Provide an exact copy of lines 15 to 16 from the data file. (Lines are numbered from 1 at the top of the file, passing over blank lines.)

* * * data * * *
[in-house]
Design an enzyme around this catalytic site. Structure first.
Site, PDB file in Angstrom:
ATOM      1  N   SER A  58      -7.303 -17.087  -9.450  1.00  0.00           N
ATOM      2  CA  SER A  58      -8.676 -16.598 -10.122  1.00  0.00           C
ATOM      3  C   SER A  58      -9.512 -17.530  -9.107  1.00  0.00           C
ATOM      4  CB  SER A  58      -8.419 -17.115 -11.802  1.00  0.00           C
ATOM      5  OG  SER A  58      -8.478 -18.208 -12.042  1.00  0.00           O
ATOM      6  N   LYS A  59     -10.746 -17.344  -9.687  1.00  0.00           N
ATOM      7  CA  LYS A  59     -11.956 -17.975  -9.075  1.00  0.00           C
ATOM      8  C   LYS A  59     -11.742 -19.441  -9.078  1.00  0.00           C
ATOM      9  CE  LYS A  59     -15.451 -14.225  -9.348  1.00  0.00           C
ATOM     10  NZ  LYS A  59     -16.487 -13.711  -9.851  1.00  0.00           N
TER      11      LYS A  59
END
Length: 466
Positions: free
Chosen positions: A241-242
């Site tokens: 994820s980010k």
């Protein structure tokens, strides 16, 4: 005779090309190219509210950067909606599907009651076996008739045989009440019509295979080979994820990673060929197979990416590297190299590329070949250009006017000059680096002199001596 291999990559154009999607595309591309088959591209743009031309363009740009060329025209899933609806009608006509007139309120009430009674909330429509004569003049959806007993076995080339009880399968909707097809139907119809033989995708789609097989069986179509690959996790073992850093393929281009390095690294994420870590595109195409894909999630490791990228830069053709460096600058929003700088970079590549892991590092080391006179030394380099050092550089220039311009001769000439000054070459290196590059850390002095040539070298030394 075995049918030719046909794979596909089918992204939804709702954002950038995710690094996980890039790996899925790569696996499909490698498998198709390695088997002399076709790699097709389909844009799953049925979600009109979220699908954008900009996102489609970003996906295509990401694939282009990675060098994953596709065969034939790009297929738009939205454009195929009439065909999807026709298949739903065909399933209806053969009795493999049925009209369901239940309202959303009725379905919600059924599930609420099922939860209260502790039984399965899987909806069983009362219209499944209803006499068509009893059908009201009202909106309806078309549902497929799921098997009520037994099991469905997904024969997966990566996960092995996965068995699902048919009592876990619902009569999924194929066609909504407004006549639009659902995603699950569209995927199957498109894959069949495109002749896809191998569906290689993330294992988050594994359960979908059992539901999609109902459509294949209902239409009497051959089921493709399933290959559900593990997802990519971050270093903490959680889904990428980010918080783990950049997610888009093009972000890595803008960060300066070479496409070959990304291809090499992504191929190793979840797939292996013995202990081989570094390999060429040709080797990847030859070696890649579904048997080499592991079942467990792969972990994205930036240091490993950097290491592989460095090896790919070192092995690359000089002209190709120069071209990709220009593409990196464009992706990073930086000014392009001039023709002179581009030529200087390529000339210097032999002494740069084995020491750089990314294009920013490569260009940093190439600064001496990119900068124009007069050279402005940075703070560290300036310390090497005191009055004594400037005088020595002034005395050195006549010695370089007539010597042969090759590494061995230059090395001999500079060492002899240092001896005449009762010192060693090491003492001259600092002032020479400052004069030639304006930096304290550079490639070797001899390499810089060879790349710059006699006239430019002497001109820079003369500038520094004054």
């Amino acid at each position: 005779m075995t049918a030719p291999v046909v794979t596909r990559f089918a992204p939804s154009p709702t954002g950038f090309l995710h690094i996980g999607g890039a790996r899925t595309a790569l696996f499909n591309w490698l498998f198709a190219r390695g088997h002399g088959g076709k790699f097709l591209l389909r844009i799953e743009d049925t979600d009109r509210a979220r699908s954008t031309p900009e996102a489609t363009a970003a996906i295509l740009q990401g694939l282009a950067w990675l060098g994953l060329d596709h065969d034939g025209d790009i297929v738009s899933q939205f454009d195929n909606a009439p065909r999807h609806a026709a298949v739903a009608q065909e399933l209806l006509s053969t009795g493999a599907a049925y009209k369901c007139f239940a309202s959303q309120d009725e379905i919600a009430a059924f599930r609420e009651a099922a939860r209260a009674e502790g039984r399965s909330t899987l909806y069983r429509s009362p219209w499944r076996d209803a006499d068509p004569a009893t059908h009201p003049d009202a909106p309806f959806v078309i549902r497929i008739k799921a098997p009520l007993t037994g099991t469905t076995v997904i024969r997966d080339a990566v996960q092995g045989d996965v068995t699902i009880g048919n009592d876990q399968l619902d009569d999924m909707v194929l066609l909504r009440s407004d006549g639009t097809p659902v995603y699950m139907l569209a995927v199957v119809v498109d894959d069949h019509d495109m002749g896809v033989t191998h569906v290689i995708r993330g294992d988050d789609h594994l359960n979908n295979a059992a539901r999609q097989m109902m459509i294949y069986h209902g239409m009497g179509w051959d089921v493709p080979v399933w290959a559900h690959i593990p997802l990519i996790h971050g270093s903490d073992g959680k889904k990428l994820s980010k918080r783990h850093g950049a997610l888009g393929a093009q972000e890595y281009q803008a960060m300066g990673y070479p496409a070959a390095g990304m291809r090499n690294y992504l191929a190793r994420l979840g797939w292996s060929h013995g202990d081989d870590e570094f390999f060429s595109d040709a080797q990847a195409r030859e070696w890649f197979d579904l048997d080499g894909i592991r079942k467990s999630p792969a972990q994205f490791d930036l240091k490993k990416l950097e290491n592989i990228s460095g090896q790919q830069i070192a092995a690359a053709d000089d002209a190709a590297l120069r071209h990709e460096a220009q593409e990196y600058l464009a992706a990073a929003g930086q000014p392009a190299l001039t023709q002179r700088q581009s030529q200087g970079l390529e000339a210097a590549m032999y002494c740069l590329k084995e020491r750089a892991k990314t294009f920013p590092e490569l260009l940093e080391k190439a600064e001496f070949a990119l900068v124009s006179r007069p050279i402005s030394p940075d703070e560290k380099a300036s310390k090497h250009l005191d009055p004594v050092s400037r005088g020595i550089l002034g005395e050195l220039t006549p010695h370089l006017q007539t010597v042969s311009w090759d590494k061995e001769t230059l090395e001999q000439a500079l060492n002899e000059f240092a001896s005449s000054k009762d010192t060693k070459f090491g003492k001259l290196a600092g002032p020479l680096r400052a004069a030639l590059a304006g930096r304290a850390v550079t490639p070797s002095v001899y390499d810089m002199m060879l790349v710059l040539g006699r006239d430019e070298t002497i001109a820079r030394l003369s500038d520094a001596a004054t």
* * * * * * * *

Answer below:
END
Length: 466